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Restore A Flintlock Pistol

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Tumbler

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I wouldn't do a thing to that firearm. Restoration will only harm it, in my opinion. But, it is yours to do with as you wish.
You have no idea what you are talking about. You base your opinion on one picture. Shame on you.
 

Eddie2002

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Instead of calling the work you are doing on the pistol a restoration how about calling it a deep cleaning, might get the purists off your back LOL. I would leave it alone if it was mine but I have a tendency to fix it broke when I work on something like your pistol. What you are attempting is far beyond my skill set and a good man knows his limitations. Seems nowadays no matter what people do someone gets their panties in a bunch.
 

RB POWELL

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You have no idea what you are talking about. You base your opinion on one picture. Shame on you.
Not just based on a picture, as you state, but the details sou wrote about: apparently not very clearly. You know what "restoration" means? Fix the damned thing... I said you should do what you want with it, as it is yours. Get a grip!
 

Flintandsteel

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Ok, Tumbler obviously did not come here for advice, just to get someone to agree with him, to the point of getting personal. Not sure where we’re going from here, but it all seems very counterproductive.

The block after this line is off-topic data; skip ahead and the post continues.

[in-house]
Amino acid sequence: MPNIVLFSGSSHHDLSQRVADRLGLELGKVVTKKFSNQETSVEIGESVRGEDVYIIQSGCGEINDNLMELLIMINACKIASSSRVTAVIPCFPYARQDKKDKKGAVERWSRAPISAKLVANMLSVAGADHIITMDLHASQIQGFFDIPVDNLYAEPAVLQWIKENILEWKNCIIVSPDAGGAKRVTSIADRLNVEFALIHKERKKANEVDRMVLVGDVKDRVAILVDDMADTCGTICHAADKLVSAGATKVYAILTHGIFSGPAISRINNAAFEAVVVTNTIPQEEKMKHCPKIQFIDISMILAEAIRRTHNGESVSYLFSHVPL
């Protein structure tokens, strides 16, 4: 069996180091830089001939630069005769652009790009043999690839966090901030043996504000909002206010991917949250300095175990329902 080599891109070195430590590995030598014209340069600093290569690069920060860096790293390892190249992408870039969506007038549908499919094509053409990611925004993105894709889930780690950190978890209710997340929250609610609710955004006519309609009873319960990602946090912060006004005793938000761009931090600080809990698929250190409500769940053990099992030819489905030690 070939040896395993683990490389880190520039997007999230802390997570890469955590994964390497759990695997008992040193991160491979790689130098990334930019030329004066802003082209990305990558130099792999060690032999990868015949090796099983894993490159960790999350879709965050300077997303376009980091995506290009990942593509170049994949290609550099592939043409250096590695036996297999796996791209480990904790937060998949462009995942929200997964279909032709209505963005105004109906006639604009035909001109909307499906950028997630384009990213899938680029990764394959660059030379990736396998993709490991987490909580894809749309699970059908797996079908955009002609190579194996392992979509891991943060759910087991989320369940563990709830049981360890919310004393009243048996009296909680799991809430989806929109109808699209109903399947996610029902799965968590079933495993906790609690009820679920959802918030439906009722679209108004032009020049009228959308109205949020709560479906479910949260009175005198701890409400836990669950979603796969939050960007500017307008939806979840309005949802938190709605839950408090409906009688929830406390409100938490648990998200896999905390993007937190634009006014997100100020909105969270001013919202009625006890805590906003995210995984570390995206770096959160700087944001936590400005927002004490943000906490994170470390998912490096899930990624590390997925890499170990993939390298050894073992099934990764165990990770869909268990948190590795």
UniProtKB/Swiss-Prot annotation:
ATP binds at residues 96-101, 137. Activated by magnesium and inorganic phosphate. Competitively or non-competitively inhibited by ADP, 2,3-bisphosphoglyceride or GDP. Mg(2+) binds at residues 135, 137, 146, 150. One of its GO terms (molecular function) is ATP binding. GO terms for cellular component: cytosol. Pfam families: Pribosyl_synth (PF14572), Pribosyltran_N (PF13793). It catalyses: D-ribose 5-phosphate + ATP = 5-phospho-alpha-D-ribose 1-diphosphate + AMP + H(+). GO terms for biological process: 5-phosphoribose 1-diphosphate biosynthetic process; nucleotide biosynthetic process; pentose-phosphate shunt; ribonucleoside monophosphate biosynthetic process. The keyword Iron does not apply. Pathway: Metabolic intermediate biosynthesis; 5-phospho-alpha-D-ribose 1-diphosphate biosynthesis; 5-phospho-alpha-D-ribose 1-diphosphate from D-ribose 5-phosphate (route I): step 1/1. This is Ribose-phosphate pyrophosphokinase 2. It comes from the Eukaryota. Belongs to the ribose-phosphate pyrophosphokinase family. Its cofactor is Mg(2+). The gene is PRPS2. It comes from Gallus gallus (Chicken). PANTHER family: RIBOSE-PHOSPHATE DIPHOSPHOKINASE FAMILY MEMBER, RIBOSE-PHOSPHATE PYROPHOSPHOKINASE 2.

Good luck with your endeavors!
 

Notchy Bob

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One of the terms that eluded me when I submitted my first post was conservation. I think this is actually what Tumbler is doing, and would be pretty much the equivalent of the "deep cleaning" suggested by Eddie2002. I think "stabilization" means simply arresting further deterioration. "Restoration" suggests changing an artifact's current condition back to a previous form, and repairing acquired defects. "Conservation" implies efforts to stabilize (e.g. stop active rust, if there is any) and clean, to "conserve" what is there, without necessarily changing the form of the artifact. It may just be a matter of semantics.

It sounds to me as if the OP is conserving the pistol rather than restoring it. He appears to be proceding carefully. I hope he won't abandon this thread altogether, and will show us some pictures of the results of his efforts.

Best regards,
Notchy Bob
 

Tumbler